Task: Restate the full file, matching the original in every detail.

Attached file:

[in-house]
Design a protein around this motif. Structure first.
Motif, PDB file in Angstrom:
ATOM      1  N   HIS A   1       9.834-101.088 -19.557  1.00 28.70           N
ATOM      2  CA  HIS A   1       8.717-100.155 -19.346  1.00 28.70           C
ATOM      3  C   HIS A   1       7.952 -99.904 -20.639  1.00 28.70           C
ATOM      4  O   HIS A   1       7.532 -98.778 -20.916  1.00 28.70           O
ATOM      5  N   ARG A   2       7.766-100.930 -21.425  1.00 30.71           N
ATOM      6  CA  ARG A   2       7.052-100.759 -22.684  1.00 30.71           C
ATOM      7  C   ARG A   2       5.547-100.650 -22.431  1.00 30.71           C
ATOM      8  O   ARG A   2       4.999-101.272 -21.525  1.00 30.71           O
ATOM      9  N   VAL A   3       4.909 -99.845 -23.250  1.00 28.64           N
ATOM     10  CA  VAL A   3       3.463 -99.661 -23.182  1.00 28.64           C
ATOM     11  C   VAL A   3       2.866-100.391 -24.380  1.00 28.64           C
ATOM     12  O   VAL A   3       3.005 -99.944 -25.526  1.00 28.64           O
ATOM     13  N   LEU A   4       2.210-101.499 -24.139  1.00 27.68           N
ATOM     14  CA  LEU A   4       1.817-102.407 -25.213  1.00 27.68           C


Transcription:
[in-house]
Design a protein around this motif. Structure first.
Motif, PDB file in Angstrom:
ATOM      1  N   HIS A   1       9.834-101.088 -19.557  1.00 28.70           N
ATOM      2  CA  HIS A   1       8.717-100.155 -19.346  1.00 28.70           C
ATOM      3  C   HIS A   1       7.952 -99.904 -20.639  1.00 28.70           C
ATOM      4  O   HIS A   1       7.532 -98.778 -20.916  1.00 28.70           O
ATOM      5  N   ARG A   2       7.766-100.930 -21.425  1.00 30.71           N
ATOM      6  CA  ARG A   2       7.052-100.759 -22.684  1.00 30.71           C
ATOM      7  C   ARG A   2       5.547-100.650 -22.431  1.00 30.71           C
ATOM      8  O   ARG A   2       4.999-101.272 -21.525  1.00 30.71           O
ATOM      9  N   VAL A   3       4.909 -99.845 -23.250  1.00 28.64           N
ATOM     10  CA  VAL A   3       3.463 -99.661 -23.182  1.00 28.64           C
ATOM     11  C   VAL A   3       2.866-100.391 -24.380  1.00 28.64           C
ATOM     12  O   VAL A   3       3.005 -99.944 -25.526  1.00 28.64           O
ATOM     13  N   LEU A   4       2.210-101.499 -24.139  1.00 27.68           N
ATOM     14  CA  LEU A   4       1.817-102.407 -25.213  1.00 27.68           C